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Ramirez shamefully avoids facing the music

MANNYWOOD – He should have been here.

The semi-circle of cameras and microphones on-field at Dodger Stadium cornered Joe Torre and Ned Colletti and other stiffly-suited Los Angeles Dodgers officials. It nearly brushed the batting cage as it fanned through foul territory, and Torre's voice was propelled across batting practice, so it washed over the private anxieties of the teammates Manny Ramirez(notes) left behind.

"The guy's not trying to hide from the truth," Torre said.

Except he wasn't here.

With the exception of a few weeks of spring training, he hadn't missed an opportunity to party, to laugh, to lobby for more money over more years. Lots more money over lots more years. He'd been here for every line drive, every big inning, every giddy curtain call.

But not on Thursday afternoon, not when he was revealed to be part fraud. He skipped that little show, where everybody stood around and pretended they'd look at their old pal the same way, where Torre excused him for being a human being, because, boy, does he work hard.

Well, you know, the last three guys people swore worked harder than anybody else in the game were Manny Ramirez, Alex Rodriguez(notes) and Roger Clemens(notes). It will be their shared legacy, making the hard workers appear suspicious. It's not quite the Hall of Fame, but, hey, it's good to leave a footprint.

Instead, Torre assured us Manny was "devastated," and Colletti reminded us "we all do make mistakes," and Doug Mientkiewicz(notes) spread his arms and said, "We're a family here."

But Manny wouldn't get off his couch to shake Torre's hand, to weather Colletti's glare, to apologize to his family. Instead, he offered a statement.

Oh, he'll come around another day, maybe when the lights aren't quite so bright, when the hurt isn't quite so pointed, when the guys out on Elysian Park Avenue are tired of holding up the bed sheet with the words spray-painted, "WE SUPPORT MANNYWOOD."

And he'll keep up in the batting cages, assuming he possesses the strength to hoist a bat through his diminished testosterone levels. He'll change into his civilian clothes when the gates open, and before long go out on the 10-day minor league rehab tour that will cover the last of his suspension, and on July 3 he'll thrill Dodgers fans by returning to the middle of the lineup and left field.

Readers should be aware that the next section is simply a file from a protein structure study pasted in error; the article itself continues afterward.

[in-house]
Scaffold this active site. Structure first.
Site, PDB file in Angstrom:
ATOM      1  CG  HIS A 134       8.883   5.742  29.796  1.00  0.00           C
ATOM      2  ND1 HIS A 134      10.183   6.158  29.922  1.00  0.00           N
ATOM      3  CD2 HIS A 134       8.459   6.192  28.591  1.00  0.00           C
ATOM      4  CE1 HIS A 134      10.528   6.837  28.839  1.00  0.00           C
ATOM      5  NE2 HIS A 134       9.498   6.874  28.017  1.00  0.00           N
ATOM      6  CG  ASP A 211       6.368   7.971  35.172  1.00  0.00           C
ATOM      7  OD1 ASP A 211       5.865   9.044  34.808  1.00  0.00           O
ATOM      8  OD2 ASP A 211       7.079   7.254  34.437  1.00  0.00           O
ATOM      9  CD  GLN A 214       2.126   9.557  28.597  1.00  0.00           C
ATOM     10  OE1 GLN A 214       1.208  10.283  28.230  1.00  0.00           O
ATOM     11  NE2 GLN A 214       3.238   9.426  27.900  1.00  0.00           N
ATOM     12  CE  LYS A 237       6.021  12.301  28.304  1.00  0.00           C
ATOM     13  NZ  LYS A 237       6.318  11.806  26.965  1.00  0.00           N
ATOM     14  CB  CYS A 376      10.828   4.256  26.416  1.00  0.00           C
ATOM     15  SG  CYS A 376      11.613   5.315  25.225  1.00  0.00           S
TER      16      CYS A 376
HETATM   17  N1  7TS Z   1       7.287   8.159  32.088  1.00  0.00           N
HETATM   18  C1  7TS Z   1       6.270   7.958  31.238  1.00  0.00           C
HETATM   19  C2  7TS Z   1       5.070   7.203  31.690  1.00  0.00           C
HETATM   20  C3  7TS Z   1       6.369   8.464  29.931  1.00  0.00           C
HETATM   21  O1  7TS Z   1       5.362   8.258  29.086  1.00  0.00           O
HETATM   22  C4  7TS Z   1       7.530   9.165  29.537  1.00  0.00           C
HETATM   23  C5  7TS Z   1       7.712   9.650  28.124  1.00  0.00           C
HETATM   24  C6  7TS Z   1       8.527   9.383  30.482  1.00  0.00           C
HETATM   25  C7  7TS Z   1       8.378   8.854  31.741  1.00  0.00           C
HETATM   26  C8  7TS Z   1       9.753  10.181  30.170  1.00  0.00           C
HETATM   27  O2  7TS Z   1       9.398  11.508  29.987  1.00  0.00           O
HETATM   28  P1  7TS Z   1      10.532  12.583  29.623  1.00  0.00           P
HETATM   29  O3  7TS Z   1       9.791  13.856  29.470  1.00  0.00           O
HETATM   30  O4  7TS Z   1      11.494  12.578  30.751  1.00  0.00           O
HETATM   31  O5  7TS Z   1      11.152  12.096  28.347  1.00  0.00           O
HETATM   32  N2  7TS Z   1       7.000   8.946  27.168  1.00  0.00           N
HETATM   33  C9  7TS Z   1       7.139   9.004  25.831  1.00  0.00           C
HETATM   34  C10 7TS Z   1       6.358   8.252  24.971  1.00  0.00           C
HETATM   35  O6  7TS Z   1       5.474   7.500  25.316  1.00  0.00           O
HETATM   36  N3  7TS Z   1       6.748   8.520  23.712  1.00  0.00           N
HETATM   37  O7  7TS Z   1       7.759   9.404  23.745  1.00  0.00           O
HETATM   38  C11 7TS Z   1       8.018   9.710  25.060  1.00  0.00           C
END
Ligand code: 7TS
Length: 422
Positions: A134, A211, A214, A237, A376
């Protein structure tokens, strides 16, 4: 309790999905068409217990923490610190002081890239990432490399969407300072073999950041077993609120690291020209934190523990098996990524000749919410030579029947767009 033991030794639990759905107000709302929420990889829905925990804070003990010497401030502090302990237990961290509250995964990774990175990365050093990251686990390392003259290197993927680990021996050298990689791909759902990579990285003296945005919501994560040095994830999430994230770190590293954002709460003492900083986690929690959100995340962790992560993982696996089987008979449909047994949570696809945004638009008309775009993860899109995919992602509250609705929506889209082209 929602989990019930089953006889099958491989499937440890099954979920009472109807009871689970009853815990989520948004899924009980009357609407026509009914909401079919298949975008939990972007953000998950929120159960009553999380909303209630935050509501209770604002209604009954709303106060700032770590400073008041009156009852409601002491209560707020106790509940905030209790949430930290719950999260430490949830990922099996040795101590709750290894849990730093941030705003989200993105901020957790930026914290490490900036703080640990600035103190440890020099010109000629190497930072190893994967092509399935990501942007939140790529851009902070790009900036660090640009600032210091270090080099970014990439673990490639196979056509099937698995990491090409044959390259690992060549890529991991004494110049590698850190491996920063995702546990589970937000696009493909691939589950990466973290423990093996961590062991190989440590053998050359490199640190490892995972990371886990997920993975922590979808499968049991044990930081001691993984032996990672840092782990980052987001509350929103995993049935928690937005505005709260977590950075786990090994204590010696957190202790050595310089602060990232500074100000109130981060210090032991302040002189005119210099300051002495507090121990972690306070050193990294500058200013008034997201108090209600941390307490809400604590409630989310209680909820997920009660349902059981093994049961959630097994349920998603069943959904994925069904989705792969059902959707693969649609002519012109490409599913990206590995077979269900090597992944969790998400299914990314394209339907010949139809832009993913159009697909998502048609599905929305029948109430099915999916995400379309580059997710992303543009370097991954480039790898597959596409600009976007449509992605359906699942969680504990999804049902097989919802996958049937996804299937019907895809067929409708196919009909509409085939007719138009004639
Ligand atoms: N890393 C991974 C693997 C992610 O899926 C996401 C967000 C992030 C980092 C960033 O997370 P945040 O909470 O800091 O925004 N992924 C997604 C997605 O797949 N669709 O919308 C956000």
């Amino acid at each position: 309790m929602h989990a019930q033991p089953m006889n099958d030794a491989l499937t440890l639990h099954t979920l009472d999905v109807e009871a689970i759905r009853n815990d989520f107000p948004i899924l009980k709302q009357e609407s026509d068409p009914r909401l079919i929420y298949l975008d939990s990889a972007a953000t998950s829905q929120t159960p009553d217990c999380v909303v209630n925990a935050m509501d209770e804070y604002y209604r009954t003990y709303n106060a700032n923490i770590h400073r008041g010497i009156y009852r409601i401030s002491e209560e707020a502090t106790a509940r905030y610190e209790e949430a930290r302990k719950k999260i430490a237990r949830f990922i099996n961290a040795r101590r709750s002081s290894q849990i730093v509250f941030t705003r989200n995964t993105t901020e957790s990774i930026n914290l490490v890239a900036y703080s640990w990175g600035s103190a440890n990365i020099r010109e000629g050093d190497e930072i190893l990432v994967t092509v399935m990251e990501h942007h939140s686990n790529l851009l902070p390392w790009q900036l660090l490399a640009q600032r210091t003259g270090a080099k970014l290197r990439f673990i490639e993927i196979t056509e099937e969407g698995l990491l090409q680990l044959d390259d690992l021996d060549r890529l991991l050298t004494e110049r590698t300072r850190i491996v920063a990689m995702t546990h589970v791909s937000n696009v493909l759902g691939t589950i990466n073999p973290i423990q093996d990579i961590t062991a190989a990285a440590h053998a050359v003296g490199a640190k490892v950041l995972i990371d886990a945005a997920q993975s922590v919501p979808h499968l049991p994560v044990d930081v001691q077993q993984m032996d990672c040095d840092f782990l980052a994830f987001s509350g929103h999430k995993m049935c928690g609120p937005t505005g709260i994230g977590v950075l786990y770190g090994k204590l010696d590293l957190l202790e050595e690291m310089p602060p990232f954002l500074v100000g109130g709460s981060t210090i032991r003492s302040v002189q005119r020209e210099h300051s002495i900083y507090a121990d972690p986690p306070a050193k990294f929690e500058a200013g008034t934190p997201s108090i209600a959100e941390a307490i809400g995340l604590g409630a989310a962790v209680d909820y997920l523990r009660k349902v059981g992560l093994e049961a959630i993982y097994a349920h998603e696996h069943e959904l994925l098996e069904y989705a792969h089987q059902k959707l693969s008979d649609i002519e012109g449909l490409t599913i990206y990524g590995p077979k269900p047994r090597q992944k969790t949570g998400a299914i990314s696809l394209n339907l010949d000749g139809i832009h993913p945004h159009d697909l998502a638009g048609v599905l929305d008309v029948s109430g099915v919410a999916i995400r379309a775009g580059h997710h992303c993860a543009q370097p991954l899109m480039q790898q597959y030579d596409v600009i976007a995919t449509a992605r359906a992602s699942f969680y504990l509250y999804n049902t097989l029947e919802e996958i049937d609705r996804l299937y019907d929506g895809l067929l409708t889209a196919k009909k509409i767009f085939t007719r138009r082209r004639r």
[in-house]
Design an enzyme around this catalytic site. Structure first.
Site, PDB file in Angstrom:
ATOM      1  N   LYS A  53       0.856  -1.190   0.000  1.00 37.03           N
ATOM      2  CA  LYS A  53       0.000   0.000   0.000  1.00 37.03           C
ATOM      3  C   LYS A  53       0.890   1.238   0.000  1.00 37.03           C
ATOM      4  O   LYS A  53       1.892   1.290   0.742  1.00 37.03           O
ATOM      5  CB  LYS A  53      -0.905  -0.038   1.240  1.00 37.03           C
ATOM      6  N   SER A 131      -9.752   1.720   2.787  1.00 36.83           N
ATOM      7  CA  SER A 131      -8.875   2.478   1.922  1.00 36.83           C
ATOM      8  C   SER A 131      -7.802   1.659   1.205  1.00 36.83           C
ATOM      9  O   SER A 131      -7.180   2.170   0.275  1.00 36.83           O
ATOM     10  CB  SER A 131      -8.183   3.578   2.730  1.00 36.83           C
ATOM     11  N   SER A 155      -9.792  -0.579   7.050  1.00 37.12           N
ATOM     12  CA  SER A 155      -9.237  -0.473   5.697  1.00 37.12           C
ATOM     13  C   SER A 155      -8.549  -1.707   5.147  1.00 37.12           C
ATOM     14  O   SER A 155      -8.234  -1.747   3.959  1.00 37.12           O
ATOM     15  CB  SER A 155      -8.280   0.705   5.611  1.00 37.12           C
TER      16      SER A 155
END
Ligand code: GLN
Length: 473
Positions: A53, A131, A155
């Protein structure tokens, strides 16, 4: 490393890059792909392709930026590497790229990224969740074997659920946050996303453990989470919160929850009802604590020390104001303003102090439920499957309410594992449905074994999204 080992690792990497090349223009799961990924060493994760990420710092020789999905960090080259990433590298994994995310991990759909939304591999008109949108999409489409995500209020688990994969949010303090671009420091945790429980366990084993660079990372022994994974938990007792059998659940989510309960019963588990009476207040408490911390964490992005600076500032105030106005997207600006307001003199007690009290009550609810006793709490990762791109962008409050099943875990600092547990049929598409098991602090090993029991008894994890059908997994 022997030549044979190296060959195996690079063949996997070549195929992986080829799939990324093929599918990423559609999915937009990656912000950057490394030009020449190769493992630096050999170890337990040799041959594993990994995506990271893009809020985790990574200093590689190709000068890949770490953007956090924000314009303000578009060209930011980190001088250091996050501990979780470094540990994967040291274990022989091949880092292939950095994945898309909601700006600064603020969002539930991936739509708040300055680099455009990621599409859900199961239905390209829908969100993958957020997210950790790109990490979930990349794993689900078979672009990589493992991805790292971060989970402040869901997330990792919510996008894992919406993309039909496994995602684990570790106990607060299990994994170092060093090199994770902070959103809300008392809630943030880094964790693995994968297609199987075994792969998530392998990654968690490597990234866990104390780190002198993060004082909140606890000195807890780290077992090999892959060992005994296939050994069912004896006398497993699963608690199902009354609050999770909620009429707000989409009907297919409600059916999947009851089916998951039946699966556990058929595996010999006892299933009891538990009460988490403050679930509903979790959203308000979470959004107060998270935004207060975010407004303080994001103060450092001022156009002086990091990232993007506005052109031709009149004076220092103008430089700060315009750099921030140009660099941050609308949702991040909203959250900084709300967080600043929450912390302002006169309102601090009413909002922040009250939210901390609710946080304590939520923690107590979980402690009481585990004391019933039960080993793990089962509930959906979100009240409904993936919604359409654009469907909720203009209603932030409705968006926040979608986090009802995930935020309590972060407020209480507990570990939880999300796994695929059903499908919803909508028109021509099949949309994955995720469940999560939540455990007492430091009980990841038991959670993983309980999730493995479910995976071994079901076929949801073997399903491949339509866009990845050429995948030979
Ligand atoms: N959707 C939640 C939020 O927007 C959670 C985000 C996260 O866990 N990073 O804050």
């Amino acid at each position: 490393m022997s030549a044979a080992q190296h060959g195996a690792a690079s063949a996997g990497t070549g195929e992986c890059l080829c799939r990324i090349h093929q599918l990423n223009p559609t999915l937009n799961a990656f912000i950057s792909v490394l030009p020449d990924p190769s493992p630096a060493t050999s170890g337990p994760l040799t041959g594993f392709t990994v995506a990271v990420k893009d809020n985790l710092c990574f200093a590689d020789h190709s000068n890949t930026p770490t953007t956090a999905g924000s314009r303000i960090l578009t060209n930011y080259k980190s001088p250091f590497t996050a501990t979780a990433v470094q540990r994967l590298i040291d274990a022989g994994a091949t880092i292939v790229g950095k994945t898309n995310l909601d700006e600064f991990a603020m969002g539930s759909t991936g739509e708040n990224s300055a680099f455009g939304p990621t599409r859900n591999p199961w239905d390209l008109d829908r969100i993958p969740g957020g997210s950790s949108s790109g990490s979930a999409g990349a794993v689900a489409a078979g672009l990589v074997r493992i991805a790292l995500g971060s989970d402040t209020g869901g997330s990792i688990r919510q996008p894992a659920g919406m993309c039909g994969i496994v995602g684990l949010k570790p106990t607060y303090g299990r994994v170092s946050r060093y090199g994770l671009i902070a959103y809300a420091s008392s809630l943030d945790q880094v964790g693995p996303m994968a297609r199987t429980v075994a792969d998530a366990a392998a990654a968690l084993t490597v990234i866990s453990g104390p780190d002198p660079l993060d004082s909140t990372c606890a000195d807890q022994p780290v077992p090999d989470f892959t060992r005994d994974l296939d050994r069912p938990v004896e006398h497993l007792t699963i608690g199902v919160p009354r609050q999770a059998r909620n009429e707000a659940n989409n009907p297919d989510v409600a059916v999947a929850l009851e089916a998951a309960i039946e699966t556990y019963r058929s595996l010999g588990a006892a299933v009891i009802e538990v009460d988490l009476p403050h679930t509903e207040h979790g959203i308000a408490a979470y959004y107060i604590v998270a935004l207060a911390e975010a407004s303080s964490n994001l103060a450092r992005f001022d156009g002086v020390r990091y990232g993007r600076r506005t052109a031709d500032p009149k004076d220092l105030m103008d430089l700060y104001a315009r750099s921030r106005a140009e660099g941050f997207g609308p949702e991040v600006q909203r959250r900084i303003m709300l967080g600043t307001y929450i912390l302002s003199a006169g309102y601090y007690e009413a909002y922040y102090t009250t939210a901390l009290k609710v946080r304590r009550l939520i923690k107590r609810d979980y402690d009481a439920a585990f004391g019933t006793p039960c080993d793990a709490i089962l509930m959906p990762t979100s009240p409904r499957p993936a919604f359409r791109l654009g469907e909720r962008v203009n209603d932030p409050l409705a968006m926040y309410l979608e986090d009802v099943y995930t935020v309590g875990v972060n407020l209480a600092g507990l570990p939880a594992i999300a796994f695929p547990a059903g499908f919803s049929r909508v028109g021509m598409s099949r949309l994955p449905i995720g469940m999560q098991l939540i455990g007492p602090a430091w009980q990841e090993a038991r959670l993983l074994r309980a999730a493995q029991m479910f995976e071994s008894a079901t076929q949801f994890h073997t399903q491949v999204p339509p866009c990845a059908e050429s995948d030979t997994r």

He will, however, have lost the day he might have shown them something about accountability.

Oh, it'll also buy him at least another 24 hours to explain why he was on the drug bodybuilders use once they come off steroids, and why he might have been so low on testosterone to begin with, and why he hadn't bothered with baseball's Therapeutic Use Exemption protocol. He'd played 11 seasons without being drug tested, and now he's low on testosterone, a 36-year-old man, and presumably he'll be working on just the right words and expressions to convince us this was not sinister, only incredibly stupid.

Whatever.

Colletti had it right when he called it, "a dark day for baseball." But, you know, after enough of those end to end, at some point you stop assuming the sun is coming. You turn on the lights and line the field and go. As one old baseball guy said Thursday night, "Man, if the next guy is Albert Pujols(notes) or Chipper Jones(notes) or someone like that, I'm just gonna kill myself."

I was going to say we're just about out of baseball heroes, but that's not true. They're just not hitting all those home runs anymore, and their fastballs don't get anywhere near 95. They don't have secret doctors who'll pump them full of whatever for a few thousand dollars and an autographed picture. They get tired when they should be tired. They show up when they should show up. Maybe they're a guy like Xavier Paul, who took Manny's place on the roster, and is part of a new generation that has never played an inning without being drug tested first.

And at the ballpark, they have teammates and coaches, not enablers. Because they don't need enablers.

"He feels very badly," Torre assured us. "Right now he's trying to gather his thoughts."

How long can it take to gather shame? Remorse? Humiliation?

At least a day, apparently. Everybody else pretty much had their thoughts gathered.

"How I felt?" Colletti said. "Sick. Saddened. Sick and saddened."

That's about where we are. Again.

Late Thursday night, from a corner of Dodger Stadium once named after Manny, a chant grew. The Dodgers were leading. The breeze was warm. The air smelled like summer. It was very nearly perfect.

"We want Manny!" the people shouted in unison. "We want Manny!"

But, he wasn't here. He should have been. He owed it to them. And he deserved it.